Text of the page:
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EPA Names 2 Chemicals as Haza 04/19 08:25

   

   WASHINGTON (AP) -- The Environmental Protection Agency on Friday designated 
two forever chemicals that have been used in cookware, carpets and firefighting 
foams as hazardous substances, an action intended to ensure quicker cleanup of 
the toxic compounds and require industries and others responsible for 
contamination to pay for its removal.

   Designation as a hazardous substance under the Superfund law doesn't ban the 
chemicals, known as PFOA and PFOS. But it requires that releases of the 
chemicals into soil or water be reported to federal, state or tribal officials 
if they meet or exceed certain levels. The EPA then may require cleanups to 
protect public health and recover costs that can reach tens of millions of 
dollars.

   PFOA and PFOS have been voluntarily phased out by U.S. manufacturers but are 
still in limited use and remain in the environment because they do not degrade 
over time. The compounds are part of a larger cluster of forever chemicals 
known as PFAS that have been used since the 1940s in industry and consumer 
products including nonstick frying pans, water-repellent sports gear, 
stain-resistant rugs and cosmetics.

   The term PFAS is short for per- and polyfluoroalkyl substances. The 
chemicals can accumulate and persist in the human body for long periods. 
Evidence from animal and human studies indicates that exposure to PFOA or PFOS 
may lead to cancer or other health problems, including liver and heart damage 
and developmental problems in infants and children.

   The final rule issued Friday follows strict limits set by the EPA on certain 
PFAS in drinking water that will require utilities to reduce them to the lowest 
level they can be reliably measured. Officials say the drinking water rule, 
announced April 10, will reduce exposure for 100 million people and help 
prevent thousands of illnesses, including cancers.

   Last year, three chemical companies announced they had reached a $1.18 
billion deal to resolve complaints of polluting many U.S. drinking water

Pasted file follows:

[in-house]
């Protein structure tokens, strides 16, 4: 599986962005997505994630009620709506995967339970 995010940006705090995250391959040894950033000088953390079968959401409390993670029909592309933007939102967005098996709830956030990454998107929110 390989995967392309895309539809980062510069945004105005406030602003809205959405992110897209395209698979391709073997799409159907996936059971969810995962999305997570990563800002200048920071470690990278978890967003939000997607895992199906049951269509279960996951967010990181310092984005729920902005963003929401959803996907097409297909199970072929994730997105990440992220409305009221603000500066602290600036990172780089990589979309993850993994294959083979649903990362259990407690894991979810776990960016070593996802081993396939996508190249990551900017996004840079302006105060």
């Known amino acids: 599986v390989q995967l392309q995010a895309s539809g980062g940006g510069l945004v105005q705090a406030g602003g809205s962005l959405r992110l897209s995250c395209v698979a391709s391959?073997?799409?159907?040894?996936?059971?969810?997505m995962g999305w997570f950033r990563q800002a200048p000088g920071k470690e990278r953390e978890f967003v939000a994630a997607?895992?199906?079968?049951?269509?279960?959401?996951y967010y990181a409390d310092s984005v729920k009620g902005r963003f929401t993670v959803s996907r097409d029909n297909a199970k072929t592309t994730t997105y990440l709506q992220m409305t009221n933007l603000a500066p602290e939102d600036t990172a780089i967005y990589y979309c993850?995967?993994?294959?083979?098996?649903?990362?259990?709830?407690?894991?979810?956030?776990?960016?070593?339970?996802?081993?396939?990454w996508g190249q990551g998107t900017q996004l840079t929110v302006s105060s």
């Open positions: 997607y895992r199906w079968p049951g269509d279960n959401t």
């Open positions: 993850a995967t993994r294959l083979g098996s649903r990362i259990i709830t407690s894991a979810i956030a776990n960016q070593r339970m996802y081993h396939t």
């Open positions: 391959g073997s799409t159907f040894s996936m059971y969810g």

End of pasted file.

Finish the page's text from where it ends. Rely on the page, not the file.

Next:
systems with PFAS. DuPont de Nemours Inc., The Chemours Co. and Corteva Inc. 
said they would establish a fund to compensate water providers for 
contamination.

   And earlier this month, chemical manufacturer 3M Co. announced it will begin 
payments to many U.S. public drinking water systems as part of a 
multibillion-dollar settlement over contamination with forever chemicals.

   resident Joe Biden's administration "understands the threat that forever 
chemicals pose to the health of families across the country,'' EPA 
Administrator Michael Regan said. "Designating these chemicals under our 
Superfund authority will allow EPA to address more contaminated sites, take 
earlier action and expedite cleanups --- all while ensuring polluters pay for 
the costs to clean up pollution threatening the health of communities."

   Besides the final rule, the EPA issued a notice clarifying that the agency 
will focus enforcement efforts on businesses and people who significantly 
contribute to the release of PFAS chemicals into the environment, including 
companies that have manufactured PFAS or used it in the manufacturing process, 
as well as federal agencies and other responsible groups.

   PFAS used in firefighting foam has tainted groundwater on and near military 
bases and other locations where it's used in training exercises.

   The Superfund law allows the EPA to clean up contaminated sites across the 
country and forces parties responsible for the contamination to either perform 
cleanups or reimburse the government for EPA-led cleanup work. When no 
responsible party can be identified, Superfund gives the EPA money and 
authority to clean up contaminated sites.

   The EPA's action follows a report by the National Academies of Science that 
calls PFAS a serious public health threat in the U.S. and worldwide. The EPA 
said in 2022 that PFOA and PFOS are more dangerous than previously thought and 
pose health risks even at levels so low they cannot currently be detected.

   David Uhlmann, the EPA's assistant administrator for enforcement and 
compliance, called the Superfund designation "a major step toward holding 
polluters accountable for significant releases of PFAS into the environment.'' 
Officials "intend to exercise our enforcement discretion to focus on 
significant sources of PFAS contamination,'' he said, not farmers, municipal 
landfills, water utilities, municipal airports or local fire departments.

   Water utilities, fire departments and other groups had complained that an 
earlier EPA proposal could have imposed unfair costs on them without defined 
cleanup standards.

   The federal designation will ensure that manufacturers most responsible for 
widespread PFAS contamination will bear the costs of cleaning it up, said 
Jonathan Kalmuss-Katz, a lawyer for the environmental group Earthjustice.

   He said it "just got a lot harder" for polluters including chemical 
companies that long manufactured PFAS "to pass the costs of their PFAS releases 
off on impacted communities and taxpayers."

   Erik Olson, a health expert at the Natural Resources Defense Council, said 
the EPA's action will help protect millions of American families exposed to the 
toxic chemicals.

   "We all learned in kindergarten that if we make a mess, we should clean it 
up," he said. "The EPA's Superfund rule is a big step in the right direction 
for holding polluters accountable for cleaning up decades of contamination."

 
 
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